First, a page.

In FIG. 3B, when the ink pump 46 accelerates in the opposite direction to that of FIG. 3A, shown as the direction of Arrow D, the flexible wall 50 still deforms outwardly from the resting position 58 and causes a negative pressure to form within the carrier reservoir 52 to draw ink into the carrier reservoir 52. The pores in the porous wall 54 allow the ink to flow into the space between the porous wall 54 and the deforming flexible wall 50 and thus maximizes the negative pressure aspect of the ink pump 46 to draw ink into the carrier reservoir 52. The rigid member can be embodied alternately as any stop that is fixed to the structure of the reservoir in some other way and substantially prevents the flexible wall 50 from deforming into the carrier reservoir 52.

With reference again to FIGS. 1, 2A, and 2B, the inventive ink pump and system thus provide a method of supplying ink to a print head 38 on a moving carrier in a printer that includes the steps of providing ink in a stationary ink supply reservoir 16, accelerating the ink pump 12 with the moving carrier, and pumping ink from the ink supply reservoir 16 to a print head 38 using a flexible wall 22 in the ink pump 12 that deforms from inertial resistance to the acceleration of the moving carrier and ink pump 12. When the ink pump 12 further includes a carrier reservoir 14, the method further includes the step of pumping ink from the ink supply reservoir 16 to a carrier reservoir 14 using a flexible wall 22 in the carrier reservoir 14 that deforms from inertial resistance to the acceleration of the moving carrier.

Then the step of pumping ink from the ink supply reservoir 16 to a print head 38 using a flexible wall in the carrier reservoir 14 is preferably pumping ink from the carrier reservoir 14 to a print head 38 using a flexible wall 22 in the carrier reservoir 14 that deforms from inertial resistance to the acceleration of the moving carrier.

The method further preferably includes the step of integrating a mass, such as weight 24, with the flexible wall 22 such that the weight 24 increases inertial resistance of the flexible wall 22 to the acceleration of the moving carrier. Then, as shown in FIGS. 3A and 3B, the method preferably includes the step of restraining the deformation of the flexible wall 22 into an interior of the carrier reservoir 52, preferably through the provision of a rigid member, such as a porous wall 54, in the interior of the carrier reservoir 52 such that the rigid member prevents deformation of the flexible wall 50 into the interior of the carrier reservoir 52.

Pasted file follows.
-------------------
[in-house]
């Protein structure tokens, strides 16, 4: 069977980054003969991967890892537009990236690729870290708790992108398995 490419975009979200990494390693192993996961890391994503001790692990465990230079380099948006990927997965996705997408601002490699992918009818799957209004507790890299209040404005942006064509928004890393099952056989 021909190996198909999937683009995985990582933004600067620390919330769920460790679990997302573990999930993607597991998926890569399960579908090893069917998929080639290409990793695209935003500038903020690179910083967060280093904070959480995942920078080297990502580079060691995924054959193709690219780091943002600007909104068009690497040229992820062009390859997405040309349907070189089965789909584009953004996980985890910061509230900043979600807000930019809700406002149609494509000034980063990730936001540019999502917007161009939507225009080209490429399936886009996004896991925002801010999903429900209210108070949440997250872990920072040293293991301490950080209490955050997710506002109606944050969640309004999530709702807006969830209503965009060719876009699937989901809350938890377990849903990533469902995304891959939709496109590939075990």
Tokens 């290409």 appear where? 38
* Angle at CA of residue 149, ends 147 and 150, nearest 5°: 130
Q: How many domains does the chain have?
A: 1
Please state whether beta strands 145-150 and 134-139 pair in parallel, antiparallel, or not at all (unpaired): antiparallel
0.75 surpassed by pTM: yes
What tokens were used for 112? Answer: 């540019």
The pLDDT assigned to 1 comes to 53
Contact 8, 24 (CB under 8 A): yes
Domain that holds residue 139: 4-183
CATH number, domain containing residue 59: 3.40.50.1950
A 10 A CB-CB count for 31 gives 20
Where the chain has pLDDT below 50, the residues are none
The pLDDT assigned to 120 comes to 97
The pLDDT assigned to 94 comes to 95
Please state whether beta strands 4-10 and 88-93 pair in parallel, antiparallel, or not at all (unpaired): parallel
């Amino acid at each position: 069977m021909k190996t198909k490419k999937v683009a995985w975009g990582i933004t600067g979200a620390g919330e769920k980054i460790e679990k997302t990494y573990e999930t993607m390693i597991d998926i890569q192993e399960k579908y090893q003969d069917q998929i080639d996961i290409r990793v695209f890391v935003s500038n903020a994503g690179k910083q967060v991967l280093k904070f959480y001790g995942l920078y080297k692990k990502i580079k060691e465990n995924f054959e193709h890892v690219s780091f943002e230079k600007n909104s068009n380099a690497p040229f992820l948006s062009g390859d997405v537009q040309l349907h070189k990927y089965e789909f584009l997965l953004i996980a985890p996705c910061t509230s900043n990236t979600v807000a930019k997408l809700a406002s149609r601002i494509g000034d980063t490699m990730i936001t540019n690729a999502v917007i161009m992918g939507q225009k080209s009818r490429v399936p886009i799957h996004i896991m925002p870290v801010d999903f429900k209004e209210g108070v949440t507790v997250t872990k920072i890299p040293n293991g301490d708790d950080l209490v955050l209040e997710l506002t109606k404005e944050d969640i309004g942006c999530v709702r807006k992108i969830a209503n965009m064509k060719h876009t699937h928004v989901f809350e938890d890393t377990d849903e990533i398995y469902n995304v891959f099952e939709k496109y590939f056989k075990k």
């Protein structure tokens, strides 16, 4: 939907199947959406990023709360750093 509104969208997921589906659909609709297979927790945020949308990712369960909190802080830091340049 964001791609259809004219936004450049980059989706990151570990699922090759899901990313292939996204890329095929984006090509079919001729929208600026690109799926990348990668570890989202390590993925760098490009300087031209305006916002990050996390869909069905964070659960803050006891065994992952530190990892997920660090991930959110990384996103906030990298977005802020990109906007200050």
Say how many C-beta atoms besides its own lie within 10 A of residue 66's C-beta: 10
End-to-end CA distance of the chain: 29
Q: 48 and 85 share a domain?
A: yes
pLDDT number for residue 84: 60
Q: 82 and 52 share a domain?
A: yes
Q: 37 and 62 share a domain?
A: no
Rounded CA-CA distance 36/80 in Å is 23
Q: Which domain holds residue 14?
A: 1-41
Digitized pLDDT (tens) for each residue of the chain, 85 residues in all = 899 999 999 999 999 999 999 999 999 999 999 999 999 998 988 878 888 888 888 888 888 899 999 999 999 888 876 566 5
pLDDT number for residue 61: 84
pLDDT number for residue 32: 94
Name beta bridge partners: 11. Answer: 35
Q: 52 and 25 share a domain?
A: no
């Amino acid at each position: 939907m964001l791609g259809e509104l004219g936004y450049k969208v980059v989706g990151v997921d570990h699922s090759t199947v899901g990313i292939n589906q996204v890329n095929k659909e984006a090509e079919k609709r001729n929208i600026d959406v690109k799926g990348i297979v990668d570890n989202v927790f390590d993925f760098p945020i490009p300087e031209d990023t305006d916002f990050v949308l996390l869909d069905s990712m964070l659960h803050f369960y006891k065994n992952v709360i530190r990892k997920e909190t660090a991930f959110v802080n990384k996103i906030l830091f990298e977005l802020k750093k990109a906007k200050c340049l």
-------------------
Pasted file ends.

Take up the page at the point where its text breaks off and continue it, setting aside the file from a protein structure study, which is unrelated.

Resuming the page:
While there has been shown a preferred and alternate embodiments of the present invention, it is to be understood that certain changes may be made in the forms and arrangements of the components and steps of the inventive method without departing from the spirit and scope of the invention as set forth in the claims appended herewith. In addition, the corresponding structures, materials, and equivalents of all means-plus-function elements in the claims are intended to include any structure, material, or component as known to one of skill in the art for performing the function in combination with the other claimed elements.

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Referenced by
Citing PatentFiling datePublication dateApplicantTitle
US6843558 *Jul 8, 2003Jan 18, 2005Seiko Epson CorporationLiquid cartridge and liquid accommodating member
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Classifications
U.S. Classification347/85
International ClassificationB41J2/01, F04B53/16, F04B23/02, F04B53/10, B41J2/175, F04B9/00, F04B43/02
Cooperative ClassificationB41J2/17509, B41J2/17503, B41J2/17596
European ClassificationB41J2/175P, B41J2/175C, B41J2/175C1A
Legal Events
DateCodeEventDescription
May 14, 2013ASAssignment
Effective date: 20130401
Owner name: FUNAI ELECTRIC CO., LTD, JAPAN
Free format text: ASSIGNMENT OF ASSIGNORS INTEREST;ASSIGNORS:LEXMARK INTERNATIONAL, INC.;LEXMARK INTERNATIONAL TECHNOLOGY, S.A.;REEL/FRAME:030416/0001
May 14, 2012FPAYFee payment
Year of fee payment: 12
May 14, 2008FPAYFee payment
Year of fee payment: 8
May 14, 2004FPAYFee payment
Year of fee payment: 4
Mar 9, 2000ASAssignment
Owner name: LEXMARK INTERNATIONAL, INC., KENTUCKY
Free format text: ASSIGNMENT OF ASSIGNORS INTEREST;ASSIGNORS:BAKER, RONALD WILLARD;COOK, WILLIAM P.;HEINK, PHILIP JEROME;AND OTHERS;REEL/FRAME:010650/0403
Effective date: 20000306
Owner name: LEXMARK INTERNATIONAL, INC. 740 WEST NEW CIRCLE RO